Lacson dismisses IBP's fear anti-terror council could authorize arrest of suspected terrorists | Inquirer News

Lacson dismisses IBP’s fear anti-terror council could authorize arrest of suspected terrorists

/ 09:20 PM June 10, 2020

MANILA, Philippines — Senator Panfilo Lacson on Wednesday dismissed concerns of the Integrated Bar of the Philippines (IBP) that the Anti-Terrorism Council (ATC) could authorize the arrest of suspected terrorists.

The ATC, which would be created under the controversial anti-terror bill, will be chaired by the executive secretary and composed of secretaries of justice, foreign affairs, national defense, the interior, and local government and finance, and the national security adviser.


The IBP had said that the anti-terror bill, which now only awaits President Rodrigo Duterte’s signature before becoming law, contains unconstitutional provisions.

Among these include the creation of the ATC, which the IBP said would be granted the authority to allow the “taking into custody” of suspected terrorists under the measure.


But Lacson, one of the main proponents of the bill in the Senate, said the ATC would not be authorized to order arrests.

“NO SIR! It is ONLY to request the [Anti-Money Laundering Council] freeze the accounts and the [Court of Appeals] to issue an order to wiretap, NOT arrest,” the senator said over Twitter as a response to IBP’s statement.

‘Clear, specific’

Lacson also stressed that the bill’s provisions are “clear and specific.”

“All laws, without exception, are subject to interpretation by lawyers and ordinary citizens. In the end, the only one that matters is that of the Supreme Court. Rational public discourse is always encouraged,” he said in a separate tweet.

The lawmaker further scored critics of the measures, saying they “have now shifted their aim to target the implementation.”

“They have mastered the art of argumentation – when you run out of sound reasons to argue, just say: BASTA!” he said.


Senate President Vicente Sotto III, another main proponent of the anti-terror bill, agreed with his colleague and also chided dissenters of the measure.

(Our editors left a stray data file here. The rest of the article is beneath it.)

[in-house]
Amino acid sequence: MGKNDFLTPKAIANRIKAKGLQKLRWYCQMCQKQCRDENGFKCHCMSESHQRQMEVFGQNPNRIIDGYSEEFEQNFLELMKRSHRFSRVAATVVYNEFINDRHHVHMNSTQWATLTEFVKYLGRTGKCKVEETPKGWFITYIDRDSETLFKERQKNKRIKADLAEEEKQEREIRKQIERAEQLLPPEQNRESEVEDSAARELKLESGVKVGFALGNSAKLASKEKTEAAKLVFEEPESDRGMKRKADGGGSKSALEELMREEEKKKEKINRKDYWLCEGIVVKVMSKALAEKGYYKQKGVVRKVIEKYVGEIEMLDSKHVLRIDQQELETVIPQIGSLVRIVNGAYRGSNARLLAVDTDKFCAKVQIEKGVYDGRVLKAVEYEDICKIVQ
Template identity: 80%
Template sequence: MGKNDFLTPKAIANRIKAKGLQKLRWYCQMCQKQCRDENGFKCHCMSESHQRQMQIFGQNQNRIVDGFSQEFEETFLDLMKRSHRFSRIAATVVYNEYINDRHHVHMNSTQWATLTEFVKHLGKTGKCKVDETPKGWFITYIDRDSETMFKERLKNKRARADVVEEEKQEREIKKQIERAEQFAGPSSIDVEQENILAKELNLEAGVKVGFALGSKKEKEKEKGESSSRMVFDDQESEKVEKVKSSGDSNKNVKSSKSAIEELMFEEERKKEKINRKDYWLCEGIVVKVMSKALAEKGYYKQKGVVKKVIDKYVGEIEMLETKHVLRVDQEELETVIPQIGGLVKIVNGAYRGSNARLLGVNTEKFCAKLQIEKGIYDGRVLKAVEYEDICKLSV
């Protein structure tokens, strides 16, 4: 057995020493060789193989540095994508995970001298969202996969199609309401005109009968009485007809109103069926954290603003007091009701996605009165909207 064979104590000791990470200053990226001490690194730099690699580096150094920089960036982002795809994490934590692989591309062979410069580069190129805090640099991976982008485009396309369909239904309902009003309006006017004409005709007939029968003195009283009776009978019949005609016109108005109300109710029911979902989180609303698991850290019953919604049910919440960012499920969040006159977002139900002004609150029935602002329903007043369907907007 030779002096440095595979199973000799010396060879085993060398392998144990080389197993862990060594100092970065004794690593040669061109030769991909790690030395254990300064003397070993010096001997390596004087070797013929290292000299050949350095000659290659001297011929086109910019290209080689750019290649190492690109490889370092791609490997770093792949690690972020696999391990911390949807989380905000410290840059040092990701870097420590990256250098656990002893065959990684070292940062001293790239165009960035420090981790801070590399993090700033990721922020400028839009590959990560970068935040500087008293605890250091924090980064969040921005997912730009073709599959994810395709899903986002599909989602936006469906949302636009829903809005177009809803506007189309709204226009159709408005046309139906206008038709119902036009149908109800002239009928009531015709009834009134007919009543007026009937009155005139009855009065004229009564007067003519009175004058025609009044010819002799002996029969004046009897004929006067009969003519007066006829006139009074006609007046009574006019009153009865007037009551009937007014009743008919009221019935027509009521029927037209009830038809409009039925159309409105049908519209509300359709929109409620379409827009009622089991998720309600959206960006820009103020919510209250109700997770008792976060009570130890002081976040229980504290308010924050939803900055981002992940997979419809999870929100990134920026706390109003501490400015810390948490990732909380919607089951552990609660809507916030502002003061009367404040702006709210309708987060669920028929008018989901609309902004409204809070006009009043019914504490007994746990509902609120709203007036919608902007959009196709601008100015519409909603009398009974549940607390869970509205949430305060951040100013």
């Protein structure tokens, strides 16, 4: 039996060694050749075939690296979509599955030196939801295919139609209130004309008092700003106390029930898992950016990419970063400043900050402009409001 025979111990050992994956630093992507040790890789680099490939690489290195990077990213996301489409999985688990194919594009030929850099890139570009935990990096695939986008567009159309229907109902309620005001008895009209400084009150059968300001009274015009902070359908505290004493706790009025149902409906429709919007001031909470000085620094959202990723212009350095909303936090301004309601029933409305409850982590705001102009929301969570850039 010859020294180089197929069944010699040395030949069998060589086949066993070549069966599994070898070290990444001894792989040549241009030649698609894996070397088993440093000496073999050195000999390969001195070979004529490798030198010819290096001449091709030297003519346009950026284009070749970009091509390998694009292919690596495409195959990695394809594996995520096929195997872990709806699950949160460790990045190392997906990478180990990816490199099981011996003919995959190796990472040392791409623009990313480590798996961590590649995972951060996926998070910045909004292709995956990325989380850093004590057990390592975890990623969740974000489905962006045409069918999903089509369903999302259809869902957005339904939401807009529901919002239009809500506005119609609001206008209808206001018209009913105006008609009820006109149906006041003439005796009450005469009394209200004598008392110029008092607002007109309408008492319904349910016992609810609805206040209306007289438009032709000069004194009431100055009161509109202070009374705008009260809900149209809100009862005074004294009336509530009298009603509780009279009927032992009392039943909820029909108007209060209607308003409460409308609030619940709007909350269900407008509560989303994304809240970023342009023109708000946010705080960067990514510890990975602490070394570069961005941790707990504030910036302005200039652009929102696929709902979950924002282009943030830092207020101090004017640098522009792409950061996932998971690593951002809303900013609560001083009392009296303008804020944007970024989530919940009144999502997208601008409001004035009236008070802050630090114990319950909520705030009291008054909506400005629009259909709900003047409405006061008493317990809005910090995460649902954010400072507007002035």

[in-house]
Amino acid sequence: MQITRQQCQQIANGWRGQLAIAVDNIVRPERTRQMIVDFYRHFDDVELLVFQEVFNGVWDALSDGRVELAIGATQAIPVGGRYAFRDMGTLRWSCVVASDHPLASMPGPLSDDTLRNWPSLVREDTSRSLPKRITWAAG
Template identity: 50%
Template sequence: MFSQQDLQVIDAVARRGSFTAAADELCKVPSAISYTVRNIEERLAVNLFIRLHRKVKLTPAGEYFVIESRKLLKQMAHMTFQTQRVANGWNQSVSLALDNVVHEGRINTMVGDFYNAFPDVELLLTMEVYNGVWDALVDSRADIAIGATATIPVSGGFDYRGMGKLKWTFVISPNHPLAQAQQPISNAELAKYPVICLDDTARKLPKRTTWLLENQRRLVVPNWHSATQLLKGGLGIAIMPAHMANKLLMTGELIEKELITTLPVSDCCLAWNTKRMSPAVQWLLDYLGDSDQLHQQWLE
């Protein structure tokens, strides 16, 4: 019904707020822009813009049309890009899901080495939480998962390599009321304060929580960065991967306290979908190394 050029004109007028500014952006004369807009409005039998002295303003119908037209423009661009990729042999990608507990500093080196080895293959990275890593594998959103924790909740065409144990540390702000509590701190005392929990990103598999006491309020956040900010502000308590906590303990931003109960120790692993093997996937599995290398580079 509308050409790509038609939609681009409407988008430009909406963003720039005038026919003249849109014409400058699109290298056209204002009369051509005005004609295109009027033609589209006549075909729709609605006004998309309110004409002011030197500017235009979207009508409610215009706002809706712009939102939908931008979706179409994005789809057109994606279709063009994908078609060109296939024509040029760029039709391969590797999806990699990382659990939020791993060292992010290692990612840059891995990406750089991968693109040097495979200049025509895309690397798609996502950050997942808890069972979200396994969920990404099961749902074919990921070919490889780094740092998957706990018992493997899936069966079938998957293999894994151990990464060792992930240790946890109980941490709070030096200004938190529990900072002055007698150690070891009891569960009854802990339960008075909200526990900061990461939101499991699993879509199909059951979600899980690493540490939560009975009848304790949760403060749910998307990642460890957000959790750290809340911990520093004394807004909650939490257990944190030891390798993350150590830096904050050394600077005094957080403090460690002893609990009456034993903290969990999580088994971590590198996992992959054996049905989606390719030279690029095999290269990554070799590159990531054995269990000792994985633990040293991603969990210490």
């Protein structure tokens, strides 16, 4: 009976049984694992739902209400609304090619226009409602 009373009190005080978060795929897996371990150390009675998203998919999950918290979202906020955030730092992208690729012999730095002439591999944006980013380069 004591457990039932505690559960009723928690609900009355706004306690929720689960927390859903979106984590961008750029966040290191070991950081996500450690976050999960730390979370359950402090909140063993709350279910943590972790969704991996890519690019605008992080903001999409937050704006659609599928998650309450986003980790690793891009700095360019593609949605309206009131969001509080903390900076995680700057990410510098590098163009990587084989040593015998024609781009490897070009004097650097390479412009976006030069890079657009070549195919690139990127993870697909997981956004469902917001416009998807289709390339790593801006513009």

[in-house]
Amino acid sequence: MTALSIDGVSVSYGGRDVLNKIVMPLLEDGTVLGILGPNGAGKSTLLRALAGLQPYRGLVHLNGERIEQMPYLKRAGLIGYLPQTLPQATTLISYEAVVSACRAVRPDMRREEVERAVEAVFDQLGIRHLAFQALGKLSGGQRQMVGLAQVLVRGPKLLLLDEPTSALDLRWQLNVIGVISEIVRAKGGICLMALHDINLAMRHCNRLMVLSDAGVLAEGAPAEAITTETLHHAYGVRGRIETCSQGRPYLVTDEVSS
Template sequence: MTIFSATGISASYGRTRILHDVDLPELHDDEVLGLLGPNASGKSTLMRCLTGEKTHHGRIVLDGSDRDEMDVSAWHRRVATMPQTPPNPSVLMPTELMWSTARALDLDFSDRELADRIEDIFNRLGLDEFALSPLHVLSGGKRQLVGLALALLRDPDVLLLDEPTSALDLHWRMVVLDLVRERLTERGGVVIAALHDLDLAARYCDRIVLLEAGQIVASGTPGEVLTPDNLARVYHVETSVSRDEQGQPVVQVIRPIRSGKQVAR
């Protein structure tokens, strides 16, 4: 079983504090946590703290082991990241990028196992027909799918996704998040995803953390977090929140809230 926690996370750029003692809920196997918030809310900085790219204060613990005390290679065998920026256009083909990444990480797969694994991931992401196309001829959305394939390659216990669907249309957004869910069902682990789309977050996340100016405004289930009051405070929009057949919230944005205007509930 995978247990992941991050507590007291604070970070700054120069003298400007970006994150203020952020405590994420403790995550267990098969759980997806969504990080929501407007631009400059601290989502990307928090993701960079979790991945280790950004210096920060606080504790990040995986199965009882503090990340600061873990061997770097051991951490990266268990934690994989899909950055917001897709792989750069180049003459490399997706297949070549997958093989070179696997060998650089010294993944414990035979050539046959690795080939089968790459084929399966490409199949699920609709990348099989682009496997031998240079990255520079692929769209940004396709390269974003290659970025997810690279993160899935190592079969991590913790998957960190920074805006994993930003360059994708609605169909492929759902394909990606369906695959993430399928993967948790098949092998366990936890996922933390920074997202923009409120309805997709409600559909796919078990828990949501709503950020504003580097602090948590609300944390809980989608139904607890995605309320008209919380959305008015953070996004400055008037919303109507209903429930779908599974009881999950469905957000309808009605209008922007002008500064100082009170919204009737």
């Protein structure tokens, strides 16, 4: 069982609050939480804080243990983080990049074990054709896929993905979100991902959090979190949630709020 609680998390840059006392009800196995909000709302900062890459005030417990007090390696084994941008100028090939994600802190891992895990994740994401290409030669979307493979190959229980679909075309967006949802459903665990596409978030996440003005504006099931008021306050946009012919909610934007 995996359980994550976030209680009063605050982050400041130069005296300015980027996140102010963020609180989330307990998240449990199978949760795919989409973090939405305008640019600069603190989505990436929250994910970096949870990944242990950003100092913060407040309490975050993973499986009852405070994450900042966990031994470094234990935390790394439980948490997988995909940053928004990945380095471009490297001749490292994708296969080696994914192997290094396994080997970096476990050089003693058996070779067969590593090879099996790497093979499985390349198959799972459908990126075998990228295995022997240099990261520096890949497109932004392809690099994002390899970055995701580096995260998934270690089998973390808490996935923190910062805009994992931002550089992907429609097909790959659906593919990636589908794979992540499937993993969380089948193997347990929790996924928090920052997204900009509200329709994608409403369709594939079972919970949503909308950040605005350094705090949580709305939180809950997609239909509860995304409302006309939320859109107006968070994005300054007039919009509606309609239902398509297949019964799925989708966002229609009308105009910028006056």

“Tama si Ping, nuong hindi umubra mga pintas nila sa laman ng bill dahil wala mga sinasabi nila, sa implementasyon naman ang target. Futuristic? Ano ba talaga?” Sotto said on Twitter.

(Ping is right, when their criticism of what is under the bill did not work, they will now target its implementation. Futuristic? What is this really about?)

“Ganun ganun na lang kung murahin nila si [President Duterte], ngayon nananawagan sila sa kanya?” he said in a separate tweet, seemingly referring to those calling on the President to veto the bill. Sotto, however, did not mention specific names.

(It was easy for them to curse the President, and then they will appeal to him?)

Sotto and Lacson have repeatedly defended the measure, assuring that there are “enough safeguards in place.”

Lacson, in another tweet, noted that six members of his Senate legislative staff are members of the IBP.

“They help me explain the issues and concerns raised against the anti-terror bill since they did all the legal research and assisted me in sponsoring and defending this proposed measure on the Senate floor,” he said.

But while the measure is seen to toughen up the country’s anti-terrorism policies, various groups raised concerns that this would spur human rights violations and suppress dissent.

With the enrolled copy of the bill already in the hands of Duterte, calls also mounted for the chief executive to veto the measure.

Duterte could either sign the bill into law immediately or veto it. He could also let it lapse into law.

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TAGS: Anti-Terrorism Council, anti-terrorism law, IBP, Integrated Bar of the Philippines, Nation, News, Senator Panfilo Lacson
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